The above ratios of water to acid gas dense fluid are approximately the minimal amount of water required. If lesser water is used, difficulties may be experienced. If there is an excess of alkaline water to be disposed of in excess of the minimum requirements there is no problem in mixing the additional water into the Tee 20. Those with ordinary skill will know how to proportion the desired volume of water to the volume of acid gas dense fluid. If other compatible and suitable liquids require disposal, they too may be pumped into the confluent line 25.

The pressures are also approximately the minimal pressures to form a dense fluid at temperatures below 120° F. at the check valve 22. The maximum pressures are limited only by the higher cost of higher pressures.

There must be sufficient water to form a stable mixture at the injection pressure. By injection pressure it is meant that pressure at the well head, which is at the top of the disposal well 28. Injection pressure gage 34 in the injection tube 32 down stream from the control valve 26 indicates the injection pressure.

If less than 5% of the mixture of alkaline water and aqueous acid gas vaporizes at this point, normally satisfactory operation will be maintained. If no greater amount of gas than 5% is formed within the flow of the mixture; the gas will normally be in the form of small bubbles. These bubbles will be carried by the flow of fluid into the disposal well 28. As the mixture descends into the disposal well 28 there will be a pressure increase which will force the vapor back into a liquid or dense fluid phase.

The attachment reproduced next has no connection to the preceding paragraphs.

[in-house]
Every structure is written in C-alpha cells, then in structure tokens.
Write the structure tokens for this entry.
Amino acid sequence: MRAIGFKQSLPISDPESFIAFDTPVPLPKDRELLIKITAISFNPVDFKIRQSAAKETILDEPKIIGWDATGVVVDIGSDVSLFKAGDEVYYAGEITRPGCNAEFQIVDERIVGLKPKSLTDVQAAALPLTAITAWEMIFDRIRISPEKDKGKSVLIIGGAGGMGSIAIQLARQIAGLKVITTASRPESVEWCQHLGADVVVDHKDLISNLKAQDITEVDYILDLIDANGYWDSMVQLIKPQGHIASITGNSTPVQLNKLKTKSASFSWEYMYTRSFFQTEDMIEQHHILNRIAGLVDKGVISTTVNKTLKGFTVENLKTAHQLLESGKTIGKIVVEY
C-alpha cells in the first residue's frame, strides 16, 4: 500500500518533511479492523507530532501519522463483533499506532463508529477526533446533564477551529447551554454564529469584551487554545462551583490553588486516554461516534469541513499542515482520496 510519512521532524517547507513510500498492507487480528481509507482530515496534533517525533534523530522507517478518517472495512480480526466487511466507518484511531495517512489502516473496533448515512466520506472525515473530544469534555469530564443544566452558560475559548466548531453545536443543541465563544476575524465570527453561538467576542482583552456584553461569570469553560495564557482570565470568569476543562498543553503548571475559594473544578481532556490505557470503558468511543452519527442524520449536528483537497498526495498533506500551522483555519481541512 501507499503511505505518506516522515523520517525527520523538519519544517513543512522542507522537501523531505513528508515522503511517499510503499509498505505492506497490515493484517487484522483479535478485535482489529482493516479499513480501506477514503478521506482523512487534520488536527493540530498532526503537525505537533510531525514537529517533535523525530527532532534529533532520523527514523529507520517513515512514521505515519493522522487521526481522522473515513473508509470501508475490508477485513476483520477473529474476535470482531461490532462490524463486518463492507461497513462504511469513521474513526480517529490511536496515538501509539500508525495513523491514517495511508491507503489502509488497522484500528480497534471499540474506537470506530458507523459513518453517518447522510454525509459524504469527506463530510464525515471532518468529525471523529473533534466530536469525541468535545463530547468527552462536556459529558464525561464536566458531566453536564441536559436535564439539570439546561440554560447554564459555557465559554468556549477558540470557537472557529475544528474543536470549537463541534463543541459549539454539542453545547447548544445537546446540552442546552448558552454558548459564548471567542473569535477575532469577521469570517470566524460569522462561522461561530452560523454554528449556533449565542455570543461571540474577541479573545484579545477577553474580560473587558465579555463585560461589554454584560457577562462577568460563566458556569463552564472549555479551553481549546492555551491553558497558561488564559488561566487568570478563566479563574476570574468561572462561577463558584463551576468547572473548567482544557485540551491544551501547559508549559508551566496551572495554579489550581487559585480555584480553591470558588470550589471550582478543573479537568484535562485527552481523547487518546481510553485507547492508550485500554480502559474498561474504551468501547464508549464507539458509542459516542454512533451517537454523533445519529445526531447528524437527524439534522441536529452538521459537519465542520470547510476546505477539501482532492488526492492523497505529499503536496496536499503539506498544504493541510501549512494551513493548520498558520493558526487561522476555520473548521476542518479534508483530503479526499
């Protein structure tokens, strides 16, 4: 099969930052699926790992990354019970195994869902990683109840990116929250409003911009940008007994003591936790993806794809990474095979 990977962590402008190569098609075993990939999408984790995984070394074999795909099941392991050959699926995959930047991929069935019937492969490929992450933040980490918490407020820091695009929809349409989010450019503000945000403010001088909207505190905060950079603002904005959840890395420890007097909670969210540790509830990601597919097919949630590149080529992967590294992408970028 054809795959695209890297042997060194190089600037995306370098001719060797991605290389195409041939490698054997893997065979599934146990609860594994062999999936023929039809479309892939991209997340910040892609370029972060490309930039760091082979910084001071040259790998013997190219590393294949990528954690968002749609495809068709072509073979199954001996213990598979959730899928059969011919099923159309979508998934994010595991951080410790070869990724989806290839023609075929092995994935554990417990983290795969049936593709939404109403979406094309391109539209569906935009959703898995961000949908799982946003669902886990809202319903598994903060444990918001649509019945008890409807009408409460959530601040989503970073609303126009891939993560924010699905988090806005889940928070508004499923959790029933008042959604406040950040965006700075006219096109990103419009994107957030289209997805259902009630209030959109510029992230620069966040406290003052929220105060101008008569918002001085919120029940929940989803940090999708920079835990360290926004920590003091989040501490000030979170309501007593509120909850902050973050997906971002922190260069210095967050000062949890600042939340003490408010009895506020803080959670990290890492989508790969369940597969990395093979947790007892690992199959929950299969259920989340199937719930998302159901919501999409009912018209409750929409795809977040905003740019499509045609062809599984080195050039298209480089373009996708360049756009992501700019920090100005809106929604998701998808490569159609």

If there is insufficient water to form a stable mixture such that more than 5% gas vaporizes; a gas pocket will often form within the injection tube 32 at about the top of the disposal well. This gas pocket will cause an increase in pressure and the operation will become unstable at that time.

The pressure in the injection tube at the pressure gage 34 will be responsive to different events. Obviously the pressure gage 34 will increase with an increased volume of liquids being pumped. For example, if pump 18 were to pump twice as much water, the hydraulic flow in the injection tube would result in a higher pressure at pressure gage 34. Also, as the disposal well is operated, different solids, for example, chemical precipitates or the like will begin to collect in the strata 30 which will reduce its porosity surrounding the disposal well 28. This build-up is to be expected and will result in a slow increase in injection pressure. Such an increase in pressure might normally be no more than 1 psi per day.

Also, under certain condition hydrates will form and adhere to the well surfaces, particularly the inside bore of the injection tube 32. If hydrates form they would be an indication that there was insufficient water being mixed with the aqueous acid gas. This would result in a pressure increase in the range of 5 or 10 pounds per square inch per hour until no flow could be achieved.